Here is my response to the question:
Guided Channel-TalkLife Posting
Animal life cycles-and, more generally, reproduction-can be understood at different levels (e.g., populations,
organisms, cells, organic molecules). In the video, you were encouraged to explore this topic by considering the
role of DNA-an organic molecule. DNA isn't something with which K-6 students are likely to have had any direct
experience (the Kiwi fruit extraction can help here). However, many children use DNA in their vocabulary, and
some know it has something to do with heredity. How might an understanding of DNA be incorporated into a unit
about animal life cycles in a meaningful way at the K-6 level? Is this possible? Why or why not? State your position
on this along with any suggestions for other teachers in your Channel-TalkLife posting for this session.
I teach third grade and recently completed the classification of living, nonliving, and dead objects with my students. Although I did mention that living things reproduce and need to pass on the traits that helped them to survive to their offspring I did not discuss DNA because I have found that early in the year students have difficulty understanding things that are on a microscopic level. I did not think it was important that they could use the term DNA in third grade but I did want them to make connections to the fact that living things reproduce and through reproduction they pass on both positive and sometimes detrimental traits to their offspring. I used the example of a bright pink snake with yellow spots in the green, green grass who happens to be sunning itself next to a sibling who is dark green. Which one will the bird spot? Which one will survive and reproduce?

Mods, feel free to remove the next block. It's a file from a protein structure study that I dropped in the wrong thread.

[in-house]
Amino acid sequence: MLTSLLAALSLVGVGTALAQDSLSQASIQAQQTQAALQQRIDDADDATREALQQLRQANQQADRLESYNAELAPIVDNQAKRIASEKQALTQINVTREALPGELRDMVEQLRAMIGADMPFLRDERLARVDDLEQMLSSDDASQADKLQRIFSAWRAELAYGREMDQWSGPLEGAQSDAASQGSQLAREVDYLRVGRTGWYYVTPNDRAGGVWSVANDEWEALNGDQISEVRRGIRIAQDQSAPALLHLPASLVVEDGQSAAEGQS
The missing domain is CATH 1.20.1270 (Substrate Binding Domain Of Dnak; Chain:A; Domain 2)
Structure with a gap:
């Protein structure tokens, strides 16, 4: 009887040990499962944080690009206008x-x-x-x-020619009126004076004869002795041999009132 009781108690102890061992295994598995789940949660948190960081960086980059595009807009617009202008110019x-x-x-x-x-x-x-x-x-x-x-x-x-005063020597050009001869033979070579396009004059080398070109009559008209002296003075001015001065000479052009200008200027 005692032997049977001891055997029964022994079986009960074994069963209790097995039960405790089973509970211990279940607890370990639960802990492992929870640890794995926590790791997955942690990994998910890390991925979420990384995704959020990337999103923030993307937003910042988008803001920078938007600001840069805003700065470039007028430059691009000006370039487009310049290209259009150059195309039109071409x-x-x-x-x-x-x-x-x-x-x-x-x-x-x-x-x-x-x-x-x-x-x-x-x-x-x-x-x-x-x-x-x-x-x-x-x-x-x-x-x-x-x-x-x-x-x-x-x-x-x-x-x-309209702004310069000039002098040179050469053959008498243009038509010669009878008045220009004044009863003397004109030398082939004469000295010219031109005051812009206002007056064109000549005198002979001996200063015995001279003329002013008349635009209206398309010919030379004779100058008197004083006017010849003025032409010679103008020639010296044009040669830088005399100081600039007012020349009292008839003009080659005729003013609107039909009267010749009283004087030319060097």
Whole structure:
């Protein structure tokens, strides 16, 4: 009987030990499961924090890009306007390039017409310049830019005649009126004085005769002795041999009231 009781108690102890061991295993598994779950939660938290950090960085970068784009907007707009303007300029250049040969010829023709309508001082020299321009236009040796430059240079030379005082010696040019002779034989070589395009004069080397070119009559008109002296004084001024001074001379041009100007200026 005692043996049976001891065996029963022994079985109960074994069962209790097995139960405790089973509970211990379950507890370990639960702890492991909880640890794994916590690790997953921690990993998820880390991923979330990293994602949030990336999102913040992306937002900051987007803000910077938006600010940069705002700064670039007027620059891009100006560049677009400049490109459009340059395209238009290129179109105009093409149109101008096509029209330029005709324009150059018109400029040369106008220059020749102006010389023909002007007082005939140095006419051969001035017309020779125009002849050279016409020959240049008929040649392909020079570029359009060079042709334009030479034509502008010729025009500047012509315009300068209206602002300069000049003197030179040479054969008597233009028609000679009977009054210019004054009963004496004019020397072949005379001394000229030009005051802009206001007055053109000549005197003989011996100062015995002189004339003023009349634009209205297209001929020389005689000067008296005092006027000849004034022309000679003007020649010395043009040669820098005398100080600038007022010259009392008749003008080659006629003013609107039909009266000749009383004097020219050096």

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Received on Sun Oct 9 20:25:32 2005